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I have various VB6 projects I'm maintaining with some of the queries being passed to the server having "ELSE:" with the colon used in case statements.

I'm wondering can someone tell me what the **ll the colon is used for? It causes errors in SQL2005 and greater, but SQL2000 works with no complaints.

I'd like to just remove it from the code & re-compile, but I'm afraid it'll break 10 other things in the application..

Thanks in advance...

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3 Answers 3

Here is the deal.. somebody used the ELSE keyword as a LABEL in your code.

A word in TSQL followed by a colon is a Label. Here is a sample:

DECLARE @Count int
SET @Count = 0

ONE_MORE_TIME:
IF @Count <> 33
    PRINT ‘Hello World’
    SET @Count = @Count + 1
END

IF @Count <> GOTO ONE_MORE_TIME

In your case, the label might be "ELSE"

DECLARE @Count int
SET @Count = 0

ELSE:
IF @Count < 33
    PRINT ‘Hello World’
    SET @Count = @Count + 1
END

IF @Count < 33 GOTO ELSE

I have a feeling that this code is going to be badly indented as well. I'd almost be willing to put some money down on that.

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Could have been that too. I hope not though... NOw I need to look for a GOTO ELSE? Along with the terrible indention, now we have reserved words for tags... I give up.. –  Mike D Jun 16 '10 at 18:58
    
Or they may have inadvertently used ELSE as a label and just didn't realize that the Else was not working properly. But yes, I'd search for GOTO Else statements. –  HLGEM Jun 16 '10 at 19:10
    
+1. This makes the absolute most sense. I haven't used labels in so long I forgot that was even an option. –  Chris Lively Jun 16 '10 at 20:15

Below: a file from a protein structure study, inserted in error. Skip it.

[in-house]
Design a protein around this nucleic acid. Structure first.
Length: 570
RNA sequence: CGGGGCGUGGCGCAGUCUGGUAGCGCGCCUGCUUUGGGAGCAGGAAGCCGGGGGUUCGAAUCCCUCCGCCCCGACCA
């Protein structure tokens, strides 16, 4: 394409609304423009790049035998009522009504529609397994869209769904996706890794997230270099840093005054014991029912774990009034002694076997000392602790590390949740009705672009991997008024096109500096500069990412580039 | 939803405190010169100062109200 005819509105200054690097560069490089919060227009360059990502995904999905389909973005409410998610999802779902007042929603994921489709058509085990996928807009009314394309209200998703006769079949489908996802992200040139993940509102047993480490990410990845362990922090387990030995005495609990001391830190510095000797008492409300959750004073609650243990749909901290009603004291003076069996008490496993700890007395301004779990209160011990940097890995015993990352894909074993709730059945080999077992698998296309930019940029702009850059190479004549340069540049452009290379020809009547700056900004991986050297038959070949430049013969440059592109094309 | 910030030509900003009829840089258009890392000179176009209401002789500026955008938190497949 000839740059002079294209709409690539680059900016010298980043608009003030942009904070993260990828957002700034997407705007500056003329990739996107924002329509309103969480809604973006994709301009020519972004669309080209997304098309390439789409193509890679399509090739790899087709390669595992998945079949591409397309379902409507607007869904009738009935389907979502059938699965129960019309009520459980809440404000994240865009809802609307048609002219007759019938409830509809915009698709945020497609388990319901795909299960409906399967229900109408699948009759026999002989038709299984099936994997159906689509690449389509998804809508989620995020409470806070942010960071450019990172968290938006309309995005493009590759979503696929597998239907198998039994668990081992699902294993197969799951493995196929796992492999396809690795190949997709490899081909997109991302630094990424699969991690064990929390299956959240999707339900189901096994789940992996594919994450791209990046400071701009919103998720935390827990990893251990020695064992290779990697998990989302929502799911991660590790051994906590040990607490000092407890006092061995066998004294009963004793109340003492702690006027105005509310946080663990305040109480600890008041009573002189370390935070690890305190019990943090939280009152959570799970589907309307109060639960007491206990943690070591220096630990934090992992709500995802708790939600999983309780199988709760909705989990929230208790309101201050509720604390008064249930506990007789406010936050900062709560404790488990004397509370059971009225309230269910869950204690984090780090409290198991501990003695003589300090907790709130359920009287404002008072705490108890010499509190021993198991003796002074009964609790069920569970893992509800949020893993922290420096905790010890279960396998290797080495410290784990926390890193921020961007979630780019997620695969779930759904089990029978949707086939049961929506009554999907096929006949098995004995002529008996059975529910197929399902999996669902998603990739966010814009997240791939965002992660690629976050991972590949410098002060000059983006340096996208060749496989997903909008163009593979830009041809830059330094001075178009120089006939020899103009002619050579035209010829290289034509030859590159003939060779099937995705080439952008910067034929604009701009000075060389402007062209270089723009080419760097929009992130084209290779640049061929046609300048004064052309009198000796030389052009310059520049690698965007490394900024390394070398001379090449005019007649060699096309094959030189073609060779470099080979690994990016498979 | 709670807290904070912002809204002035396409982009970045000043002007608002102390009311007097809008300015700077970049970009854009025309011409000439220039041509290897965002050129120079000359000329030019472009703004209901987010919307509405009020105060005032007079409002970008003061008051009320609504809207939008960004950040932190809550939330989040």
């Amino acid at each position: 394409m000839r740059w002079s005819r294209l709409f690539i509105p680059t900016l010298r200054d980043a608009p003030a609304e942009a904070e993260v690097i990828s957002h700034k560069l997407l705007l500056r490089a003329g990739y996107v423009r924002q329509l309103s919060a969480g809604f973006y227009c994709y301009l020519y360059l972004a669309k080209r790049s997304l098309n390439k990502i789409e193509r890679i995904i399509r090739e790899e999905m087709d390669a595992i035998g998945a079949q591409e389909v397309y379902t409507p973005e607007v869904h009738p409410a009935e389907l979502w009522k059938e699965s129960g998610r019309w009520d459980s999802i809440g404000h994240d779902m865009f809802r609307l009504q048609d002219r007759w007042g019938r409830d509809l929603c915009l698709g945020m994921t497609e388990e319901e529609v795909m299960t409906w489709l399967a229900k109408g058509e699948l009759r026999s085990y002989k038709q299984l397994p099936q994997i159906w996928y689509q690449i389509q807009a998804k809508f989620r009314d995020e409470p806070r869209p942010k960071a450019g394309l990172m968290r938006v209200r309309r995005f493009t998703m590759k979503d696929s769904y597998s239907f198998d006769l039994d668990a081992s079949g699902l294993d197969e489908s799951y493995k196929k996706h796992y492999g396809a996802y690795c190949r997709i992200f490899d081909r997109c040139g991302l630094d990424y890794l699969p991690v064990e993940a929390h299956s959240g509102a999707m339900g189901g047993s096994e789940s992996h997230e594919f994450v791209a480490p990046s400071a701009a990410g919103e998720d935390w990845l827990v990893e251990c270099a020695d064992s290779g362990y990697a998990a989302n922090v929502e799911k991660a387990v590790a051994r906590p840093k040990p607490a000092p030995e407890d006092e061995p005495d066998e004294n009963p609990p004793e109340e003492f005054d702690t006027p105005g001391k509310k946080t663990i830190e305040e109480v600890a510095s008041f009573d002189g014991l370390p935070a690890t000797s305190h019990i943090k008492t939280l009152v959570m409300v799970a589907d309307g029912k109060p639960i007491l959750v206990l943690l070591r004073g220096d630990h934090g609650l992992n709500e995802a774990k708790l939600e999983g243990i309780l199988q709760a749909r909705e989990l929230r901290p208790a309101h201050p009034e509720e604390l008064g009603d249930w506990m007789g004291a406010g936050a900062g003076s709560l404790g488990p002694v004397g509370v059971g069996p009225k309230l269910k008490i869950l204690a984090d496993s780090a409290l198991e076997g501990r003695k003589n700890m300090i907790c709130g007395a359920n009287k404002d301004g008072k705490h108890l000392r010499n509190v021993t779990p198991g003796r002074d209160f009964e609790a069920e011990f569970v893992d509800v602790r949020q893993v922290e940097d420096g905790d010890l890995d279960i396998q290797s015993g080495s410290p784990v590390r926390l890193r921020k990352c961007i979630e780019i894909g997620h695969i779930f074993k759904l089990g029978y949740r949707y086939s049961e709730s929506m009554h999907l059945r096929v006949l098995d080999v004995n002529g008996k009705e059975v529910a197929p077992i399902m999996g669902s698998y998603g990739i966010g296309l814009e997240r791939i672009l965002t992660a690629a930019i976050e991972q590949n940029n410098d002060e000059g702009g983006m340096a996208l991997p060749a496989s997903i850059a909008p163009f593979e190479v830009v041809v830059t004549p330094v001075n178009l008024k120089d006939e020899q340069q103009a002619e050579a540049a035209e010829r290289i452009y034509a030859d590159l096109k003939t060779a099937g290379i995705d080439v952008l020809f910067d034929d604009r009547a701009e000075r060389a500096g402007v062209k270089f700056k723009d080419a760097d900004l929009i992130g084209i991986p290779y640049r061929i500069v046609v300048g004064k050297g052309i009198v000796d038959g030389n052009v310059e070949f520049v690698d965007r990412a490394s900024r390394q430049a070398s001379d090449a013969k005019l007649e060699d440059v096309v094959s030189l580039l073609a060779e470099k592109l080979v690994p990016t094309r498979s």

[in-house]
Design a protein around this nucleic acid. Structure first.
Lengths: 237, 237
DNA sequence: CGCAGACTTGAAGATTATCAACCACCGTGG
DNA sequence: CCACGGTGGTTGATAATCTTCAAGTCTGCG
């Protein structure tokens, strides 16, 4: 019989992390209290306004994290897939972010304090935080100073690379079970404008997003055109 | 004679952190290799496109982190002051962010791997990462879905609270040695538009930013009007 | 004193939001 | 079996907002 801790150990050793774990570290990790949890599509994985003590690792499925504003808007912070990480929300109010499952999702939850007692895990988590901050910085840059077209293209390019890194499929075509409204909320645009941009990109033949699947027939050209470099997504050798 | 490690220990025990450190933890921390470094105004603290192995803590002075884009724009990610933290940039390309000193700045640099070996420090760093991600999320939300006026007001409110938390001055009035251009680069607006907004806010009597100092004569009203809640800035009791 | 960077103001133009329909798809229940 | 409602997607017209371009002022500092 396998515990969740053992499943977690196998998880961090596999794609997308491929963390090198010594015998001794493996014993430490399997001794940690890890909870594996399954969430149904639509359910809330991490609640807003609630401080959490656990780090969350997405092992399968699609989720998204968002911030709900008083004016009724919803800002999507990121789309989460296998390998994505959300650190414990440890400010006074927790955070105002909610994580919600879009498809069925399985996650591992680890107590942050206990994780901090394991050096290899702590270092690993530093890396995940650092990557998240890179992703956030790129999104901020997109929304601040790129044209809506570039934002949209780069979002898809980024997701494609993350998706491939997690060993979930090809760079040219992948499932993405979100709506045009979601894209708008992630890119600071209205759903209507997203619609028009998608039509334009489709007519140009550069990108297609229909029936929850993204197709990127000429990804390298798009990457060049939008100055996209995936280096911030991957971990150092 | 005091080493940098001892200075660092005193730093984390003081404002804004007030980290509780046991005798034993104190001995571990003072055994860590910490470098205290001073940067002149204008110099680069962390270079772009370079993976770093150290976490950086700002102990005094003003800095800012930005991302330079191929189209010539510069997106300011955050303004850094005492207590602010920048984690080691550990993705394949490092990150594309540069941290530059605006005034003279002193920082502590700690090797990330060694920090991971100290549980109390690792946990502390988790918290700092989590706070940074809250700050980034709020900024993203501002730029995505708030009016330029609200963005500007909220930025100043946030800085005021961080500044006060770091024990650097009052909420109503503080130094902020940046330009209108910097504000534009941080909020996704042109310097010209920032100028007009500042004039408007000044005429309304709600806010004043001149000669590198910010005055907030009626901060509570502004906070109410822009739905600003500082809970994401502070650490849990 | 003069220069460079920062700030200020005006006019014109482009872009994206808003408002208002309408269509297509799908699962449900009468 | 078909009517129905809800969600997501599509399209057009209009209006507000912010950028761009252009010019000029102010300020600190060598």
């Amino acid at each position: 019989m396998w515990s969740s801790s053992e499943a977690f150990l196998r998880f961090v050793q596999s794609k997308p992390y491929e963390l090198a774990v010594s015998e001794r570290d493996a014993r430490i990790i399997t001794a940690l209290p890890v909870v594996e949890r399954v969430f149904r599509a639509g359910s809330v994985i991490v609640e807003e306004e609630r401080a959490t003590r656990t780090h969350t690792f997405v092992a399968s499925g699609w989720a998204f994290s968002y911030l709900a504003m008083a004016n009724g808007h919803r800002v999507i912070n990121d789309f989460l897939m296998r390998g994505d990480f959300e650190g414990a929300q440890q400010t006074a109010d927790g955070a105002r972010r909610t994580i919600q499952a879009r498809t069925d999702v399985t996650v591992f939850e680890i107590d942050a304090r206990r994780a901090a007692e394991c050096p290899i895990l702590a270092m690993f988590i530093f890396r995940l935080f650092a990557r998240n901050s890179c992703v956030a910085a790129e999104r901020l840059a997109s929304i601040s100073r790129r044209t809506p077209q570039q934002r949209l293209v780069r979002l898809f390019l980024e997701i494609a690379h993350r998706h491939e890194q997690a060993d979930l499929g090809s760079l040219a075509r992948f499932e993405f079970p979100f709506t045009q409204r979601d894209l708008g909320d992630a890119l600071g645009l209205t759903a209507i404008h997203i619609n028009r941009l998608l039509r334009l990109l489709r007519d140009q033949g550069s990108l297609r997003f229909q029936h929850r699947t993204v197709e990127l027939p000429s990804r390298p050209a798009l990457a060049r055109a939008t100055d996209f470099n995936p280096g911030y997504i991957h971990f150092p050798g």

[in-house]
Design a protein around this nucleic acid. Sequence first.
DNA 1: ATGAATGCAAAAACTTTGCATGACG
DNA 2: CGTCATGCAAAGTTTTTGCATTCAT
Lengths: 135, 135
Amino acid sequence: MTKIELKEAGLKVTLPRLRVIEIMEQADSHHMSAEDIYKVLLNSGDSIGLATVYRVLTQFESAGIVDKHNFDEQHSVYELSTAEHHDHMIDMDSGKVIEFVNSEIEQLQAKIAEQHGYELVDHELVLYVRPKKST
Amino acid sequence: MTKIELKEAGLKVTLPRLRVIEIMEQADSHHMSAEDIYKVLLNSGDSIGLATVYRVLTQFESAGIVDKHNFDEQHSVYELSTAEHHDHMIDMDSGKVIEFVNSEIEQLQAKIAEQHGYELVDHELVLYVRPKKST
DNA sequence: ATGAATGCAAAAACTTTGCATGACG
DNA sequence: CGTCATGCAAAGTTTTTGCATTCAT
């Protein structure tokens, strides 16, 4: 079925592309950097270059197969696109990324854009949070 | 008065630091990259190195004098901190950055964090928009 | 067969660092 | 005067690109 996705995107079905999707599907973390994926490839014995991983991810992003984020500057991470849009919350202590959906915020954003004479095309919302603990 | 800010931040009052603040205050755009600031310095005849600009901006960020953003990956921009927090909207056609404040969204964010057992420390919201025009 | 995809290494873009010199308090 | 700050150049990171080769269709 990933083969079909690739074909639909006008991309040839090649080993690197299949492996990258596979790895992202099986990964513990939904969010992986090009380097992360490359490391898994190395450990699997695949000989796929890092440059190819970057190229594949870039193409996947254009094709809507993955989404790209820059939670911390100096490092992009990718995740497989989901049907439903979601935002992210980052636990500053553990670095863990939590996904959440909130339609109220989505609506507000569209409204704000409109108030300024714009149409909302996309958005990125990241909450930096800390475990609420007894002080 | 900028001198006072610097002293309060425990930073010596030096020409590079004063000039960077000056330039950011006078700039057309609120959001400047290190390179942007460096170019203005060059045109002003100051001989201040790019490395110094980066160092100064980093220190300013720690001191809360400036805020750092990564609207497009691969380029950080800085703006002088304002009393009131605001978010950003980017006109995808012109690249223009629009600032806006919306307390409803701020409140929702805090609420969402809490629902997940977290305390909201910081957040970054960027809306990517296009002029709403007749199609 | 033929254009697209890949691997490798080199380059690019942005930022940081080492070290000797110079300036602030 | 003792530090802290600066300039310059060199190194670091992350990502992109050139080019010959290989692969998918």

After searching all the code and procedures, there were only 3 instances, and they all seemed to be copied code (same routine name, same syntax...) Tried it with & without the colon, and on SQL2000 & SQL2005 with the same results all around.. (except 2000 allows the colon & doesn't seem to care it's there..) Again, Thanks All! –  Mike D Jun 16 '10 at 20:41
    
Raj, I have the same code here and it's not being used as a label. It's an inline sql string in vb6. But as Mike stated, it looks like it can be removed. I'll verify a bit more first before doing so. –  boomhauer Apr 8 '11 at 20:38

Hmm, it causes errors in SQL2005?

In SQL server, ELSE is used in case statements to catch anything that hasn't been caught yet (it pertains to things that have "fallen through" all of the other cases). For example, suppose we'd like to list some items from a price database and categorize them with a custom 'Budget' text column, so for each item we'll look at it's price and set what it's 'Budget' value should be:

SELECT title, price,
        Budget = CASE price
         WHEN price > 20.00 THEN 'Expensive'
          WHEN price BETWEEN 10.00 AND 19.99 THEN 'Moderate'
          WHEN price < 10.00 THEN 'Inexpensive'
          ELSE 'Unknown'
        END,
FROM titles

The ELSE here catches everything that didn't really fall under "Expensive" or "Moderate" or "Inexpensive". Removing these ELSEs here will definitely mess your queries up.

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Yeah I know how an else functions... The code (I inherited. In other words I didn;t write it, I maintain it...) Of course if I take out the ELSE it'll function different. My question is about the COLON. Why is it there & what is it's purpose? –  Mike D Jun 16 '10 at 18:52
    
His problem isn't with ELSE it's with ELSE: Note the colon which causes the sql issue in later sql versions. –  Chris Lively Jun 16 '10 at 18:52
    
Oh, in that case I agree with @Chris_Lively , it's a syntax, not semantics issue. –  rlb.usa Jun 16 '10 at 18:54
    
Right, try it and see what happens without the colon is about my only option. I too could find no documentation for the colon... –  Mike D Jun 16 '10 at 18:56

why not remove it, recompile, and test the application to see what impact it may have?

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Because ELSE is used in SQL case statements to catch whatever hasn't been matched - potentially a big part of the SQL statement. –  rlb.usa Jun 16 '10 at 18:49
2  
@rlb.usa: I know what ELSE does. However, if his stated option is that he wants to remove it but not sure the impact.. then by definition he SHOULD remove it and test the impact. That's the way to learn. –  Chris Lively Jun 16 '10 at 18:52
1  
Probably what I'll end up doing anyway. Or probably step thru the code to where the call is made, copy the SQL generated by the code & try it in Enterprise Manager to see what happens –  Mike D Jun 16 '10 at 18:53

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